My take on Labour’s proposed capital gains tax, for what it’s worth, is that the Nats didn’t see it coming.
Hang on, let me clarify that. Of course the government knew, along with everyone else, that Labour was about to unveil a new tax policy. But I wonder if they under-estimated its impact.
National’s response to the CGT proposal has been surprisingly unconvincing, as if they didn’t bother to rehearse their lines beforehand or even agree on a script. As a result they have looked flat-footed.
Could they be victims of their own success – so accustomed to Labour floundering in the polls that they convinced themselves they had nothing to worry about? Arrogance and smugness have always been among the National Party’s less endearing qualities.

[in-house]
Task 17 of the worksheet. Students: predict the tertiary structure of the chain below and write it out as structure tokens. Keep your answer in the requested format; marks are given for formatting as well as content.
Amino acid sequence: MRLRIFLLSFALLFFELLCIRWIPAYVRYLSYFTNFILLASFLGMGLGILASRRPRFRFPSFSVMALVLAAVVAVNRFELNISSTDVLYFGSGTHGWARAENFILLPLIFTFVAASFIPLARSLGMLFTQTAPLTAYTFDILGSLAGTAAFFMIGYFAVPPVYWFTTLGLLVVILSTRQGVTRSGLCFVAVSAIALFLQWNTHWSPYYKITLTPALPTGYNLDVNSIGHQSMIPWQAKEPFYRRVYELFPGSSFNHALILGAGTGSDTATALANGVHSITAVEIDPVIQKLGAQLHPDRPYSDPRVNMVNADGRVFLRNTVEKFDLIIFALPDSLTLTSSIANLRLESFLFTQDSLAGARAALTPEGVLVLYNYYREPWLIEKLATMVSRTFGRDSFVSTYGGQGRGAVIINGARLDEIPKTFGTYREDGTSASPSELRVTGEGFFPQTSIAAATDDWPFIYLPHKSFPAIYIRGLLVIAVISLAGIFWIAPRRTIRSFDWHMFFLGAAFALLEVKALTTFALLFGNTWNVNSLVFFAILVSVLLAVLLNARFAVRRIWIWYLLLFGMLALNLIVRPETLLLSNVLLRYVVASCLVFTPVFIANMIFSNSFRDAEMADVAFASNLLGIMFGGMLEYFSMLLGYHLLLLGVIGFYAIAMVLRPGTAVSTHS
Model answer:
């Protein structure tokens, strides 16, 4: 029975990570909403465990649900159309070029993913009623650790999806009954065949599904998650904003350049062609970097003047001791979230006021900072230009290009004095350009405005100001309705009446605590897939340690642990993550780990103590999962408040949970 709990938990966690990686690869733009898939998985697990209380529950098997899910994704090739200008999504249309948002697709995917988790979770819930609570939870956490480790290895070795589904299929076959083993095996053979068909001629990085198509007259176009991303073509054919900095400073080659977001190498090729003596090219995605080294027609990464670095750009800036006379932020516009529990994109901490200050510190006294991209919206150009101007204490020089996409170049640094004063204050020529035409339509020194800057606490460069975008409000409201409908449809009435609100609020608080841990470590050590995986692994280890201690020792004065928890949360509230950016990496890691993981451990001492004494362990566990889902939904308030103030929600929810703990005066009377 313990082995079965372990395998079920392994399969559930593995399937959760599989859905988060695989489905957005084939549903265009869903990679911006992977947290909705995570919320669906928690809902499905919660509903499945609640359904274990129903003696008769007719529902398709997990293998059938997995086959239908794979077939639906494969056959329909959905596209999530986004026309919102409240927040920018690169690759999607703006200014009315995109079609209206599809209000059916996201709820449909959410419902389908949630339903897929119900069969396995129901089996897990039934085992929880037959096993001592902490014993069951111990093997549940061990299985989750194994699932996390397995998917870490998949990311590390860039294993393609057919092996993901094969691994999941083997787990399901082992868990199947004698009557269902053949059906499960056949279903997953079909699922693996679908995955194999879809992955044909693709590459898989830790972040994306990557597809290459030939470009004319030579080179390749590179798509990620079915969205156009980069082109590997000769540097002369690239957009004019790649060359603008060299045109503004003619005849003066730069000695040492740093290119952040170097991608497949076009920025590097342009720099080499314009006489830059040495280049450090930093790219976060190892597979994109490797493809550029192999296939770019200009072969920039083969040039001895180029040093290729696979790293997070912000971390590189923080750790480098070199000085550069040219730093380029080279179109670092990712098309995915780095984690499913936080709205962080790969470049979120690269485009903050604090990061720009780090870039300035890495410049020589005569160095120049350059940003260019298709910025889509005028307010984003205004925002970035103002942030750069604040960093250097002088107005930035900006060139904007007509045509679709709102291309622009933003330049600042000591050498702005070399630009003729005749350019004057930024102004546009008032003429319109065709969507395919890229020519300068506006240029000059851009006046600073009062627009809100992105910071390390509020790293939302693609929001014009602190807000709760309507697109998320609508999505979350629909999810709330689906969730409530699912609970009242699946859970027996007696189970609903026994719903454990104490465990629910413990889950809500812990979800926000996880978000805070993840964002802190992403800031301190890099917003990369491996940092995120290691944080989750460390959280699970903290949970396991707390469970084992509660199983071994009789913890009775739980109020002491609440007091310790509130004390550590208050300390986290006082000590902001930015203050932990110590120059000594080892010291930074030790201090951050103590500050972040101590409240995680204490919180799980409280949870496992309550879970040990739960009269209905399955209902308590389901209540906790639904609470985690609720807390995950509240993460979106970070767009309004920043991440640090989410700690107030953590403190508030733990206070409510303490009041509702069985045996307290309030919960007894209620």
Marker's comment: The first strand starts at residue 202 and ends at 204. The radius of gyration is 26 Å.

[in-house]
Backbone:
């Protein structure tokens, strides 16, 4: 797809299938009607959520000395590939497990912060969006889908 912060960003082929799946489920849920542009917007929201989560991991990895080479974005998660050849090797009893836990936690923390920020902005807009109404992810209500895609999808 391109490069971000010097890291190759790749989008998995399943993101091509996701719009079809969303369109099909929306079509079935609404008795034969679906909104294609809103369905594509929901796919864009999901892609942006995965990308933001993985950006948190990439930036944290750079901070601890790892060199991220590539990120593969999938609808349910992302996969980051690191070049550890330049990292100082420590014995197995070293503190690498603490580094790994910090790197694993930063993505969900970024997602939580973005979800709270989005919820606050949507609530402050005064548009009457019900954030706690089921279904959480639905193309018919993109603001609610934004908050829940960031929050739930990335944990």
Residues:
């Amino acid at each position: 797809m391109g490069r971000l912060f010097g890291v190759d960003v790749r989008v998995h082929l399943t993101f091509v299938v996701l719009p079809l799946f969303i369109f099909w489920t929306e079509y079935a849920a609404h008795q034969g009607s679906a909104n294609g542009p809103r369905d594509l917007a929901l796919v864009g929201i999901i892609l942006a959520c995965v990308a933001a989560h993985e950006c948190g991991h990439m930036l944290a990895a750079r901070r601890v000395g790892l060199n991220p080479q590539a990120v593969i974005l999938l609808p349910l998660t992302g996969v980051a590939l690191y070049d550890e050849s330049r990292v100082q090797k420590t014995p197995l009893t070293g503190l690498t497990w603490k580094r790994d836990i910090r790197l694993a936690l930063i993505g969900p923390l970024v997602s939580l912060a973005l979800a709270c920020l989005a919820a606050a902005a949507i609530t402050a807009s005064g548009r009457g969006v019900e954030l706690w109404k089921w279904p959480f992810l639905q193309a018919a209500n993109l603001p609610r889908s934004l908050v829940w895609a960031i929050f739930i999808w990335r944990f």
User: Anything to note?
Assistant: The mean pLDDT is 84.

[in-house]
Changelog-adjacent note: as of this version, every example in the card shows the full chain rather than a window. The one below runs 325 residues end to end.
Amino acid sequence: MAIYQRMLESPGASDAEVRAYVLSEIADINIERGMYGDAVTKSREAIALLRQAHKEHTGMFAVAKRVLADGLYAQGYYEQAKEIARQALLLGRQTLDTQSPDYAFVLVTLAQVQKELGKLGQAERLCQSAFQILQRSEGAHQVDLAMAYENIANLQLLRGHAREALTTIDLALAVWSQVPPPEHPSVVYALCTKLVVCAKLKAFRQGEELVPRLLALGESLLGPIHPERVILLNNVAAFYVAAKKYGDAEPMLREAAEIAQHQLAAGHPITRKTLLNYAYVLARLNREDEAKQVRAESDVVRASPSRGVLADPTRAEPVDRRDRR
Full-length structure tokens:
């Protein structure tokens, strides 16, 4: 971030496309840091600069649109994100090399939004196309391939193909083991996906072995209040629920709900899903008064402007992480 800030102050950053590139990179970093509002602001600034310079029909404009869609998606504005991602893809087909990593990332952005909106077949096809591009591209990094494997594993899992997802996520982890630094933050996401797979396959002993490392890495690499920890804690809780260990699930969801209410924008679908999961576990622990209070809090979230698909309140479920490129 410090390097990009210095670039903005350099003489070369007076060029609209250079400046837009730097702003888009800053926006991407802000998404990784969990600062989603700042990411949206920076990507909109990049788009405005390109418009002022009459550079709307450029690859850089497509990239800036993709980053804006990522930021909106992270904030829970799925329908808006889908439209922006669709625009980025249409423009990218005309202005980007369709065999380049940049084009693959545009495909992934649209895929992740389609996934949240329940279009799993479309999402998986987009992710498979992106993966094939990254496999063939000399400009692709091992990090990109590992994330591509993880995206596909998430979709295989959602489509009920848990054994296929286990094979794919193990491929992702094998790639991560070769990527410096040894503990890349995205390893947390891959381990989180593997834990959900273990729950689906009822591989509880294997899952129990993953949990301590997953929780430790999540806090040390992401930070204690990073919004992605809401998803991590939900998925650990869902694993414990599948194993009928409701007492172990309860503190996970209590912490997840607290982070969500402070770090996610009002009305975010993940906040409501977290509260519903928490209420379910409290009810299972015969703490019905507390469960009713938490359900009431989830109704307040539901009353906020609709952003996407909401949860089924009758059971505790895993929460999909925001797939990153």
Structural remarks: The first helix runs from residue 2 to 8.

Maybe the CGT is not yet the game-changer that Phil Goff claims it is. Labour remains open to the accusation that it is ultimately concerned not with creating wealth, but with redistributing it. But Goff exploits one of National’s greatest areas of vulnerability when he says Labour is prepared to tackle the big issues that the Nats won’t. It’s a line that could play well to an electorate that still doesn’t really know what National stands for.